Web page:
Opposite of him the wolf collapsed shallow breaths escaping the animal’s snout a white glow appearing behind its yellow eyes and leaving it in a cloud of light. Erik remembered the sight of it, just like the imaginary animals he had seen as a child the cloud formed a wolf just like the one he had just killed.
His eyes closed as the cold became too much but the image of the wolf stayed the ghostly form looking down on its body howling. The light was so bright and warm, Erik stretched his arm out to touch the wolf's fur feel the warmth before the cold took him away and he would never feel warm again.
The ghostly shape looked at the stretched out arm in wonder and slowly drew closer before its snout touched his palm, the light left the shape and seeped into Erik’s hand, warmth spread as the shape disappeared before his eyes.
Memories flooded his mind, he was a pup running through the forest with his siblings yelping in joy, the first hunt with his pack and the fight with the alpha for control that sent him away from the pack. The wandering through the snow, the hunger and the small hut at the edge of his old pack’s territory where a light and smell had called him towards it.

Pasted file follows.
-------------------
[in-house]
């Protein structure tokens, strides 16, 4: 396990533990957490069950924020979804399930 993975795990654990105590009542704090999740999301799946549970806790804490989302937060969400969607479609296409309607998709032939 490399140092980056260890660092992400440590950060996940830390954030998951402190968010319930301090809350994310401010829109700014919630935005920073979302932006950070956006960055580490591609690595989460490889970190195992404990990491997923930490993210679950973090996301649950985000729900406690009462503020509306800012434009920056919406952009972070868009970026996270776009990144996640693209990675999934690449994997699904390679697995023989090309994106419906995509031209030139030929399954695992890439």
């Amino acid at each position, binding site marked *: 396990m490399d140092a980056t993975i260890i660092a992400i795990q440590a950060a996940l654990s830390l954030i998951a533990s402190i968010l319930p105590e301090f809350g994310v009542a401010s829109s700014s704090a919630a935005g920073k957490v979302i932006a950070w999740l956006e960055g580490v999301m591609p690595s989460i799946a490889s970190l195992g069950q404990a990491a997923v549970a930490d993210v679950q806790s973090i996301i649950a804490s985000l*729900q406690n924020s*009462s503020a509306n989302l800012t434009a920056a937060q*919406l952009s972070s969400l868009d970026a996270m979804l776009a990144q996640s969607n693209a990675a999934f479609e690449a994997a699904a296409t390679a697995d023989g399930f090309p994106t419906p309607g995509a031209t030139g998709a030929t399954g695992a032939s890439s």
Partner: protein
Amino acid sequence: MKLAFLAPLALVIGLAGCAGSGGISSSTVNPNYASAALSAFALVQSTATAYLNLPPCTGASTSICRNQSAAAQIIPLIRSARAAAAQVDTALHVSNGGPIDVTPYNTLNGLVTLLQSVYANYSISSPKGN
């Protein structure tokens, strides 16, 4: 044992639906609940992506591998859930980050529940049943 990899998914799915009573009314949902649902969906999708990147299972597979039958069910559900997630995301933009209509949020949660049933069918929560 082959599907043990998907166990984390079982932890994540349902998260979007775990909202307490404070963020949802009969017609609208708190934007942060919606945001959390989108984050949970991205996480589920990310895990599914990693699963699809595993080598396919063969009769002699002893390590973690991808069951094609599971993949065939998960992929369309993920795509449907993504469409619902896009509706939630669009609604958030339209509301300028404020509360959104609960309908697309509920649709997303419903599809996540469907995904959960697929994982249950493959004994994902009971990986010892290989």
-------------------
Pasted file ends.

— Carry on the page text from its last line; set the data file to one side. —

Then he saw himself from the animals view, a ragged creature sitting opposite the fire, the promise of an easy kill and food to fend off the pain in his guts. The surprise when the boy fought back, the stabbing sensation of cold iron and the draining of its strength when his red blood left the body.
Erik opened his eyes, the ghostly shape of the wolf was back, but thinner now, sitting next to him looking as it had done in its prime. The boy sat up and to his surprise the shoulder barely hurt now, he raised a hand and saw the grey fur covering his limbs. Smells grew more potent and from afar he could hear the challenging howl of another wolf, a young alpha calling for challengers.
He reached next to him and began eating the last of his food, if he stayed here he would die, out there he may have a chance. After the last bit of food was in his stomach he rose to his feet, there was a way to survive, there had to be.
Taking a step he remembered the wolf crouching down he felt as his bones changed, fur sprouted on his back and claws grew from his fingers as he imagined the wolf he had just killed its ghostly shape sitting next to him looking at the boy in wonder.
Within minutes Erik was no longer himself, he remembered the way he saw the world now from the memories of the wolf. He stepped forward the cold now barely noticeable and slipped through the door into the snow.
Howling outside to tell the alpha of his challenge, with long strides he raced towards his goal, his food that waited for him, his way of surviving the winter.